Endometriosis is a disorder where the cells that normally line the interior of the uterus grow outside the uterus. Those cells then try to do their usual menstruation thing, and will then bleed and try to shed, but they’re not in the right place to do their thing. So, suddenly when it’s time for your period, your cells are trying to menstruate but they’re not in a uterus, maybe they’re on your skin, maybe they’re other places, so then it can form cysts, making your already painful periods much worse.
Sounds horrible, right? It is. And guess what? This disorder affects over 170 million women globally – some haven’t even been diagnosed or treated for it, either. Weirdly a lot of doctors write female pain off and it can be hard to get them to pay attention. Shocking, right?
Endometriosis fast facts:
- Most commonly involves the ovaries, fallopian tubes, and pelvic tissue
- Can cause pain before/during/after menstruation
- Can cause fertility issues
What are the symptoms?
There are various symptoms that go along with endometriosis. The most common though, is pelvic pain. It’s usually around the time of menstruation, but can occur at any time during the monthly cycle. For some women, it can completely wipe them out, prohibiting from taking on daily activities as normal. If you have pain during the following, you may want to start the conversation with your doctor sooner than later:
- Pain before, during, or after your period
- During sexual intercourse, ovulation, or when urinating
- Lower back pain
Another big symptom: infertility. As many as 30-40% of women with endometriosis can have issues with fertility.
Other symptoms that come along with endometriosis are a little more common, like bloating, constipation, and fatigue. You know your cycle best – if something feels off, get an appointment with your doctor right away!
How do you treat it?
Treatment for endometriosis can vary, but is most commonly done by either pain medication, hormonal treatment, or surgical methods. Birth controls such as pills, patches, and rings can help control the tissue buildup by giving you lighter and shorter periods each month. Surgery to remove the tissue may also help, but that doesn’t prevent it from returning. Having a total hysterectomy could also help (removing the entire uterus and cervix, and both of your ovaries), but is always considered a last resort (but viable) option.
Vina, know you aren’t alone.
In recent years, women have become more vocal about this disorder. In fact, you might recognize some of these names bringing attention to endometriosis:
Lena Dunham: “Endometriosis is not life-threatening… it doesn’t manifest externally very often; the symptoms just look like a pair of sweatpants and a Charlize Theron–in–Monster–level grimace. I know I’m lucky in the grand health scheme, but I also know that I am one of many women who grasp for a sense of consistent well-being, fight against the betrayals of their bodies, and who are often met with skepticism by doctors trained to view painful periods as the lot of women who should learn to grin and bear it.”
Padma Lakshmi: “I think, yes, endometriosis was definitely a major reason that my marriage failed. I don’t think either of us understood it at the time — for as smart and intelligent as [my ex husband] is. I think that’s also because I hid it to a certain degree. Not intentionally, but it’s weird to talk about your period all the time. It’s the least sexy thing in the world to do.”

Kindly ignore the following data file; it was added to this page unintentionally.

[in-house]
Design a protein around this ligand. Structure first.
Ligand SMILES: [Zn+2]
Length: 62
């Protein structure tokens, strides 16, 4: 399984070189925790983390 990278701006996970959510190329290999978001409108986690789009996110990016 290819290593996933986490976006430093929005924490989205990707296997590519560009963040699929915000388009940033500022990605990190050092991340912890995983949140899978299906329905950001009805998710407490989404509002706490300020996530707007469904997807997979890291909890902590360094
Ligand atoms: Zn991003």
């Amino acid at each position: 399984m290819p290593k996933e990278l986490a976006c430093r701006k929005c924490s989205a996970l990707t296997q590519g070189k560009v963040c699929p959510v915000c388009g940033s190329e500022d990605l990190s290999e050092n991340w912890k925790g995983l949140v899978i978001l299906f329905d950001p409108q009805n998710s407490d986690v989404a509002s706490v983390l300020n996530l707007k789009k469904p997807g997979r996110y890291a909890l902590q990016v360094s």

Bethenny Frankel: “I suffer from endometriosis and had laparoscopic surgery in my early thirties to alleviate unbearable cramps and excessive bleeding…find a doctor you trust and don’t be afraid to ask questions.”
Halsey: “With doctors essentially telling me I was being a big baby about my period, or misdiagnosing PCOS, etc etc. Finding out that I have endo was the most bittersweet moment because it meant I wasn’t crazy! I wasn’t a ‘baby’! I had every right to be feeling like the world was caving in.”
Bottom line – stay ahead of the game when it comes to your health. You know the specifics of your cycle – talk to your physician immediately if you feel any abnormal pain. Don’t under report the pain you’re feeling and definitely don’t be afraid to ask for a referral to another doctor if you feel you aren’t being treated adequately.
Do you suffer from endometriosis, vina? If you’re comfortable sharing your experience with us, start a conversation in the comments so we can collectively become more informed on this disorder.
Run into someone you know you’ve met before on the street? A few tips on how to remember her name.
Ever meet someone at a party or work function, then run into them a few days later at your bodega or local grocery spot and completely space on their name? Then you do that awkward song and dance, doing everything you can to avoid having to admit you can’t remember their name? Hey babe, it’s cool. It happens to the best of us! There’s actually a scientific reason behind it. Simply put: your brain is wired to recognize a face, but names are another story.
There are evolutionary reasons – four, to be exact – as to why we’re wired to recall a face more easily than a name. Dr. David Ludden, Ph.D. (professor of psychology at Georgia Gwinnett College) shares in Psychology Today the reasons are arbitrary, they do not have synonyms, are low-frequency, and contain multiple words. It’s easier and faster for our brain to recognize something we see, versus remembering a word or series of words. “We even have dedicated machinery in the brain for processing facial features. This makes facial recognition quick and relatively accurate.”